As we travel back and forth to Cuba, often with delegations of U.S. policymakers, we focus our research and reporting on issues that the broader American public can relate to, that can help us strip away mysteries surrounding Cuba, and press our case for changing Cuba policy and normalizing relations.
That’s the goal behind our report, “Women’s Work: Gender Equality in Cuba and the Role of Women Building Cuba’s Future,” that we release this week in time for International Women’s Day.
Rather than making the false choice common to narratives about Cuba –everything is either paradise or lying in ruins – our report depicts just how complicated this problem is, by being honest about the successes and failures of Cuba’s revolutionary commitment to equality for women.
It begins with the findings of global organizations, from Save the Children to the World Economic Forum, which give Cuba high marks for making all its citizens healthier and more literate, bringing girls out of their homes and into the classroom, tripling the number of women at work, and providing the strongest protections of reproductive rights and producing the lowest incidence of HIV/AIDS in all of Latin America.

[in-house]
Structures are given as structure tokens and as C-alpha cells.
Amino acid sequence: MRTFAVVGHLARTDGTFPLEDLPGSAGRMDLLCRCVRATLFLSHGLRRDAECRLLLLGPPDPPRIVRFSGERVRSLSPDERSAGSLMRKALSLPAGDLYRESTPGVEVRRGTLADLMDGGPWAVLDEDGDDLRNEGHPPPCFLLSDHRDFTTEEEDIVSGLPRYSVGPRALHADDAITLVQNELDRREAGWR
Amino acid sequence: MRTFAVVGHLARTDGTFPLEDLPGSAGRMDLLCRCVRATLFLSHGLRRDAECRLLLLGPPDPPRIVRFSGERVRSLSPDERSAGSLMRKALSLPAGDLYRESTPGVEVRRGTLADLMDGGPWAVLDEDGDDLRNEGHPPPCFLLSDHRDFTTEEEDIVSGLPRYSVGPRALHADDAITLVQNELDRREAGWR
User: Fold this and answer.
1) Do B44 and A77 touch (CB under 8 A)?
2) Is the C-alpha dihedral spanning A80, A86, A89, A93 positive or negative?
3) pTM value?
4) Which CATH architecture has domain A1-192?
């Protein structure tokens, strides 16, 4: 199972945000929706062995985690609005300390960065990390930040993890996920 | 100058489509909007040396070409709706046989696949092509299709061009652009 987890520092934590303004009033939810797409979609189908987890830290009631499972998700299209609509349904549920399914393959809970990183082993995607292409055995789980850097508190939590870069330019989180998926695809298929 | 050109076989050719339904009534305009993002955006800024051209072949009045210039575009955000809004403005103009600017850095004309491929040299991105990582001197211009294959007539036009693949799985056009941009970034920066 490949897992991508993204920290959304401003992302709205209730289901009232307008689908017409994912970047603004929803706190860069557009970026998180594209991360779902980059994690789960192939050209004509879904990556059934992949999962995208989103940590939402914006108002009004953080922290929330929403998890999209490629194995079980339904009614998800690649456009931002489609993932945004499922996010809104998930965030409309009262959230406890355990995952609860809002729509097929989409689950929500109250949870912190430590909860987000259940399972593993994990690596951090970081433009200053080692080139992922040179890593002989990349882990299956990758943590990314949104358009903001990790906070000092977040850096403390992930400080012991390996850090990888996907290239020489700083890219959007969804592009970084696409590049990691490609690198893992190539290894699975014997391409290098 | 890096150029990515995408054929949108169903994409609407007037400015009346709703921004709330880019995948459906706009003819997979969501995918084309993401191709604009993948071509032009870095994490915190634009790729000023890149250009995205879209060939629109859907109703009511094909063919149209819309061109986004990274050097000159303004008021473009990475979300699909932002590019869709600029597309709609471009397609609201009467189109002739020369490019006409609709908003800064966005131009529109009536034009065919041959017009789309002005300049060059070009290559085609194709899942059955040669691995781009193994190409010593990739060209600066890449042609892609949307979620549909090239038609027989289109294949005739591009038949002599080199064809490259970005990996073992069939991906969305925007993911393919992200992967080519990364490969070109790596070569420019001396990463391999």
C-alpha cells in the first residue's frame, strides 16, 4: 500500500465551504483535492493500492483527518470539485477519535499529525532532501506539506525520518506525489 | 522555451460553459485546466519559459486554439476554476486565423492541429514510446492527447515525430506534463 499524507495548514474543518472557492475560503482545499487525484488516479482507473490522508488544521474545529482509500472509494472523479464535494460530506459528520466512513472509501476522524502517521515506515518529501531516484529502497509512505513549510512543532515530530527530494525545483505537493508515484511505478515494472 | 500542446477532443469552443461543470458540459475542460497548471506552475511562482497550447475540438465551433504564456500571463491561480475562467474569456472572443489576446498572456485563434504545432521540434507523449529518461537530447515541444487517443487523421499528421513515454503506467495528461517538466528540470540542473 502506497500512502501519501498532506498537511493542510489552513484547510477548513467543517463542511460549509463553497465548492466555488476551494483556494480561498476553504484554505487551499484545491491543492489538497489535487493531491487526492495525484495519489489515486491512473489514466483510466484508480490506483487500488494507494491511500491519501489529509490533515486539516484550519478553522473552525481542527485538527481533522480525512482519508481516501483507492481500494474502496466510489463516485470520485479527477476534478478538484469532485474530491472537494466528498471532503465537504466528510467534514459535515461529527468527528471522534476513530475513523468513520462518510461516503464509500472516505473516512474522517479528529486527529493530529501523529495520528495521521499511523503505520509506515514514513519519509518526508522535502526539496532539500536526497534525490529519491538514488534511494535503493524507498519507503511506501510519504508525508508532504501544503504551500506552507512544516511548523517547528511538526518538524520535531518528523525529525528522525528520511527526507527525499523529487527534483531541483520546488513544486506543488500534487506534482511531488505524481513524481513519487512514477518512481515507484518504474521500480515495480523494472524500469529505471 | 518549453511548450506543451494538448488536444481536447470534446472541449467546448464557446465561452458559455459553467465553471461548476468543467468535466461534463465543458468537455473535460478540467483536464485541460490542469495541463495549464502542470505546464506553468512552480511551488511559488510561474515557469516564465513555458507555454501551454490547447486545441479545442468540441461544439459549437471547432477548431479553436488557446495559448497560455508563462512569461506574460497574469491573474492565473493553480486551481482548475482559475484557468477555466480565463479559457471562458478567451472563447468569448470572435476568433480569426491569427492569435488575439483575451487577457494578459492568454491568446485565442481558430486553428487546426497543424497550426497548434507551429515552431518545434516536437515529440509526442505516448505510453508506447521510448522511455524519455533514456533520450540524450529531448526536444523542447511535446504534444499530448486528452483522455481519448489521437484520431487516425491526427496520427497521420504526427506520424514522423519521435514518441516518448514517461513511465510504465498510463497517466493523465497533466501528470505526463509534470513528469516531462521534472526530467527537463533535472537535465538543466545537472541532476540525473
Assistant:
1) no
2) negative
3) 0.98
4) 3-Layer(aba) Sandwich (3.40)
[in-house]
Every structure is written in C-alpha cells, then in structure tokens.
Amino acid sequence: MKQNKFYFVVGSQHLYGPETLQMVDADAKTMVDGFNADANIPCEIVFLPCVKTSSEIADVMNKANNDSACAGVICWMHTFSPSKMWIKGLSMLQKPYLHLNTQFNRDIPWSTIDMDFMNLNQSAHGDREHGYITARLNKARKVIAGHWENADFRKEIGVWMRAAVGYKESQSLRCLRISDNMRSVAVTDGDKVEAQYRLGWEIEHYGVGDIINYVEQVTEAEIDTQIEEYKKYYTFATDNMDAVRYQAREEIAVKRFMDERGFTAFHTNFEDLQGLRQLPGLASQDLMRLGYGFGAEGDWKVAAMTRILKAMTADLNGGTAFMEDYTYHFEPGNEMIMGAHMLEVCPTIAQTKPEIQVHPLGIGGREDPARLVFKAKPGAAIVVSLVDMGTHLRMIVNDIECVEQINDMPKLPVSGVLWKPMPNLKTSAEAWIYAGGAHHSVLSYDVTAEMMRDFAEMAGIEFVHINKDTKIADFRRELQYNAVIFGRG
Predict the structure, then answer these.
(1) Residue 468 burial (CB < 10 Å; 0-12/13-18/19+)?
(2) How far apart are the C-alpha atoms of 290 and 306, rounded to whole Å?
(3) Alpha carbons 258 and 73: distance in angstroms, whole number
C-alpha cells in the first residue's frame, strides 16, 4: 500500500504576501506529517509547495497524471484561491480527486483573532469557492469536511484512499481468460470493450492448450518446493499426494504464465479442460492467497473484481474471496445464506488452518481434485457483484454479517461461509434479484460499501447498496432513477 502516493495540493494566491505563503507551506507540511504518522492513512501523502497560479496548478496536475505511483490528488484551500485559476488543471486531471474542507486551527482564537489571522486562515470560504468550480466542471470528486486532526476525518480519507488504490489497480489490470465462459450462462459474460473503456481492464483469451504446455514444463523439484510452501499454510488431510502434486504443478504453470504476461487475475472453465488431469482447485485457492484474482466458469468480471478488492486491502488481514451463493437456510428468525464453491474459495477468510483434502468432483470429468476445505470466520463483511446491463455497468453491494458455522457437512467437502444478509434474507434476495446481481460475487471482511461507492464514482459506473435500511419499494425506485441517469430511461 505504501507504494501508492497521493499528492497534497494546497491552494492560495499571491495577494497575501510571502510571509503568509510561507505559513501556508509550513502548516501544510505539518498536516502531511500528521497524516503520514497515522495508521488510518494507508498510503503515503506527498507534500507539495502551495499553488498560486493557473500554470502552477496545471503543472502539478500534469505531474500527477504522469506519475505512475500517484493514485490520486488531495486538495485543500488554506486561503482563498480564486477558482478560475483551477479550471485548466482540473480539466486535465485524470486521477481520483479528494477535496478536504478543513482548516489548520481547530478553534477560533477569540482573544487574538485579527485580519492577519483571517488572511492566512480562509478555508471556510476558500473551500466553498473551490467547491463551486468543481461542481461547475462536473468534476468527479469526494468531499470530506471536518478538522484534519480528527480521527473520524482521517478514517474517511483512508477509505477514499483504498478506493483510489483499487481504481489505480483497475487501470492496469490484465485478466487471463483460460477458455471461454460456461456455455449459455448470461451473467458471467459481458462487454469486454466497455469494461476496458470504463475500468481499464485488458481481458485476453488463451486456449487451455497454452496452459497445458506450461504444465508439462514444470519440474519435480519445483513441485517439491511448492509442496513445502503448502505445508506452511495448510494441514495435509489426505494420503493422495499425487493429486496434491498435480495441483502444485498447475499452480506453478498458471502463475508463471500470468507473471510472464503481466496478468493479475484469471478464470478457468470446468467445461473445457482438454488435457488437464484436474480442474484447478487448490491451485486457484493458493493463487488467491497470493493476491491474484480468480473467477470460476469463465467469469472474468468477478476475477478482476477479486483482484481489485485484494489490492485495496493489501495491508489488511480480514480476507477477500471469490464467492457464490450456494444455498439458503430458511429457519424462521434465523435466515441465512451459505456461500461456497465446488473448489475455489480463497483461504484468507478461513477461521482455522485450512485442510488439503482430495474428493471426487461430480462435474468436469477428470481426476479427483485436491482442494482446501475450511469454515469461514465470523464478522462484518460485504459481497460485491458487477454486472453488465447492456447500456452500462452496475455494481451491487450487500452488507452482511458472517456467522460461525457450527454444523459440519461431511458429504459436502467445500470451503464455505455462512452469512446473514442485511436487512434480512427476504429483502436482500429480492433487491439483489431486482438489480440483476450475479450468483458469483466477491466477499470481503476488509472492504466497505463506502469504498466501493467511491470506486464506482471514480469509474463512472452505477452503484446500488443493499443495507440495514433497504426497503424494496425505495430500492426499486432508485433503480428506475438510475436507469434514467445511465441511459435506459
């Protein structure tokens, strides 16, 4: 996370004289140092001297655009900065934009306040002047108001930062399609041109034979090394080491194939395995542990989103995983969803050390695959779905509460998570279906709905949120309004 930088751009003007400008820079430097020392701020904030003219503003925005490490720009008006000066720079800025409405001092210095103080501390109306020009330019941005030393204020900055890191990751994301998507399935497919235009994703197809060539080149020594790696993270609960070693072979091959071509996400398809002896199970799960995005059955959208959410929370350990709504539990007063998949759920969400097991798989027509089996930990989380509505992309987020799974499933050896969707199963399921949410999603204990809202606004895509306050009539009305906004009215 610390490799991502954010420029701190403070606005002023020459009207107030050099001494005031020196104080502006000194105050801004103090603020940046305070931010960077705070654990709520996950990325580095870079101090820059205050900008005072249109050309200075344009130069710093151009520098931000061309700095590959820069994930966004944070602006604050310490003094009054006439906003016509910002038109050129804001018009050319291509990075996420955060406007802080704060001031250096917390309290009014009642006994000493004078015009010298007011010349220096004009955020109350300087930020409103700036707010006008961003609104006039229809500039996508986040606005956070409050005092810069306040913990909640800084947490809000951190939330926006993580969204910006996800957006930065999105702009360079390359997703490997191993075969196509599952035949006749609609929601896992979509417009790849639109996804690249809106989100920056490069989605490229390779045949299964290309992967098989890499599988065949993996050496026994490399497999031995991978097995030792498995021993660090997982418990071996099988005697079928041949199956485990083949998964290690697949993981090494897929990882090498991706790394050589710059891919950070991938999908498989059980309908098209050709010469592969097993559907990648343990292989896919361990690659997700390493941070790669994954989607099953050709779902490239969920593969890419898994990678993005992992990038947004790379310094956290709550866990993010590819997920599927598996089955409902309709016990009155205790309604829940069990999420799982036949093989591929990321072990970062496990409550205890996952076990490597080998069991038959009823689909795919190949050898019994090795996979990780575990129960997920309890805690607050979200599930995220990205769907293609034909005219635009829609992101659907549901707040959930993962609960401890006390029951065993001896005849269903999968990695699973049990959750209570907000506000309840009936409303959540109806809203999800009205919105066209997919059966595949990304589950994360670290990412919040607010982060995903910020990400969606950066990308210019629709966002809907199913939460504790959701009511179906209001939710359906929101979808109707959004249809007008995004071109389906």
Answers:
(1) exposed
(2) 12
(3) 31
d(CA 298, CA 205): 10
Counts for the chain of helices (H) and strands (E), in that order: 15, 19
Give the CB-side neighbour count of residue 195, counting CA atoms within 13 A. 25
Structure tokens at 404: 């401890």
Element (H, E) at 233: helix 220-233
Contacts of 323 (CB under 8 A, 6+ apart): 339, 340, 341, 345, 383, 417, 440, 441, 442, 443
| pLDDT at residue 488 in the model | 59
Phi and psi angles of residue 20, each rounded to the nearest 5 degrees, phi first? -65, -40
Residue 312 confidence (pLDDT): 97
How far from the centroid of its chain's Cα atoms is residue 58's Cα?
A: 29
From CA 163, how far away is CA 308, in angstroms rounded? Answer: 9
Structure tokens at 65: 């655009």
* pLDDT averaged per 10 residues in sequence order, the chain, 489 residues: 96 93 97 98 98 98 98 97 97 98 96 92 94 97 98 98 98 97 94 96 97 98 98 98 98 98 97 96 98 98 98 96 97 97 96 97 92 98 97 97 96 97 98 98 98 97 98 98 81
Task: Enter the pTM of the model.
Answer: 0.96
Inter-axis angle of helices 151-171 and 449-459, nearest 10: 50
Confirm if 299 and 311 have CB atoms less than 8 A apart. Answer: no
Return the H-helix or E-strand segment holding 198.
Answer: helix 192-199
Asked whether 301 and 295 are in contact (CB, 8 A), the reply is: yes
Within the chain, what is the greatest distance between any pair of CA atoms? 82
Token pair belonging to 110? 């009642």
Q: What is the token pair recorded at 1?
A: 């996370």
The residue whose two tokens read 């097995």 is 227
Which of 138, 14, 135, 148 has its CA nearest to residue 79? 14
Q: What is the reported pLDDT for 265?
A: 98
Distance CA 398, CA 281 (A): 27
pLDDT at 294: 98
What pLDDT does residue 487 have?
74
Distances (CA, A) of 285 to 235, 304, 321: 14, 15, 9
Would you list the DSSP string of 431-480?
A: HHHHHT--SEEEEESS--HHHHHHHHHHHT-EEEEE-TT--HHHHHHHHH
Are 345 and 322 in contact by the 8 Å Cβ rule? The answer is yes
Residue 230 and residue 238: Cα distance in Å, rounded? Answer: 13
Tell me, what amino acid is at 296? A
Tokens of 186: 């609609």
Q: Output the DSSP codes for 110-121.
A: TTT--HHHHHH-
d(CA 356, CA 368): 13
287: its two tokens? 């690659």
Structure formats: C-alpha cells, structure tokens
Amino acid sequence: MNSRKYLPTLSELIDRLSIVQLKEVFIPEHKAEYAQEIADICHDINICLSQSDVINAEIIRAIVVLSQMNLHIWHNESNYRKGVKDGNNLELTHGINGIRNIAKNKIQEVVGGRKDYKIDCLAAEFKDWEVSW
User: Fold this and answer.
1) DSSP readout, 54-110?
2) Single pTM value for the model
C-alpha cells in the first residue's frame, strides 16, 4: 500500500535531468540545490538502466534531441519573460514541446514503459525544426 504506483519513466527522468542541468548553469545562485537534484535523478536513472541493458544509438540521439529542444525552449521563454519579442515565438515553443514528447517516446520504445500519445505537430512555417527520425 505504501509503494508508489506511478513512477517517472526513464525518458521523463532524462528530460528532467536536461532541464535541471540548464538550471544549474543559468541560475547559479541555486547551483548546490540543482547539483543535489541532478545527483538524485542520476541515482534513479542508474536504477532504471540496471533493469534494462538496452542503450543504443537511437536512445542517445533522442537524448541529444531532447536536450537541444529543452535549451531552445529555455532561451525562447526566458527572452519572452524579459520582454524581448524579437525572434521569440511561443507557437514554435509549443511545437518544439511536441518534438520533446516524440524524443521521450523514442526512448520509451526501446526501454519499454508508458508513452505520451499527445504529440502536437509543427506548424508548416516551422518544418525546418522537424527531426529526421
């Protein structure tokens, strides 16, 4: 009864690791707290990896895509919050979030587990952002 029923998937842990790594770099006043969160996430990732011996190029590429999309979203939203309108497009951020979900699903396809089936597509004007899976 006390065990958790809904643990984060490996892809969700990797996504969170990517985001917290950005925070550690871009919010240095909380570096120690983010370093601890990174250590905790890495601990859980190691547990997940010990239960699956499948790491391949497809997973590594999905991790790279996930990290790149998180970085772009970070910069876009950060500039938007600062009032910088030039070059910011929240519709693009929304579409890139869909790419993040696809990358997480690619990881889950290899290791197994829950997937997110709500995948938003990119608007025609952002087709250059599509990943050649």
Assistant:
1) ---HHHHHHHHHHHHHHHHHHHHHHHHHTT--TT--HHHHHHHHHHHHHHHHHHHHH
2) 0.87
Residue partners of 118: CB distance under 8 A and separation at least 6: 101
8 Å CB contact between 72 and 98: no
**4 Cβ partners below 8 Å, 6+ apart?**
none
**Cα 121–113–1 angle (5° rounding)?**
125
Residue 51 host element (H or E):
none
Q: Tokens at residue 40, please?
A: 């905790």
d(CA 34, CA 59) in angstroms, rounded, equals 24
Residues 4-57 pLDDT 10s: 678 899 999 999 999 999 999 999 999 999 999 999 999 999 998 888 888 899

But these numbers don’t tell the whole story. There are key objectives of equality– equality at work, equal sharing of burdens at home, and equal access to positions in which women can exercise real power –where Cuba falls short.
William Booth of the Washington Post broke an exceptionally important story this weekend about an editorial published on the website of Radio and TV Marti – the anti-Castro, taxpayer -funded government broadcasters –which called Cuba’s Cardinal Jaime Ortega a “lackey” and asserted the Cardinal espoused views that were “contrary to the doctrine of Christ.”
Hours after Booth’s story was published, the editorial disappeared from the website, and links that were once live instead produced a message “Esta página no existe,” [This page does not exist], although the piece for Spanish readers can currently be found here.
Name-calling against the Cardinal is considered fair game among some hardliners in the exile community who worry that successful efforts by the Church to help free political prisoners and to open spaces for debate in Cuba on economic reform and human rights convey an image of openness on the island inconsistent with their preferred views of the Castro government.
In those precincts, it’s commonplace to read language like this, “The Pope came and went from Cuba, salsa dancing with the excommunicated Fidel (in 1962), saying not a word about, nor once acknowledging, never mind meeting with, any of the dissidents,” which is both harsh and consistent with expression in a free society.
It is both untrue and a travesty to paint Cuba as a state sponsor of terrorism as the United States government did in its annual report on the subject last week.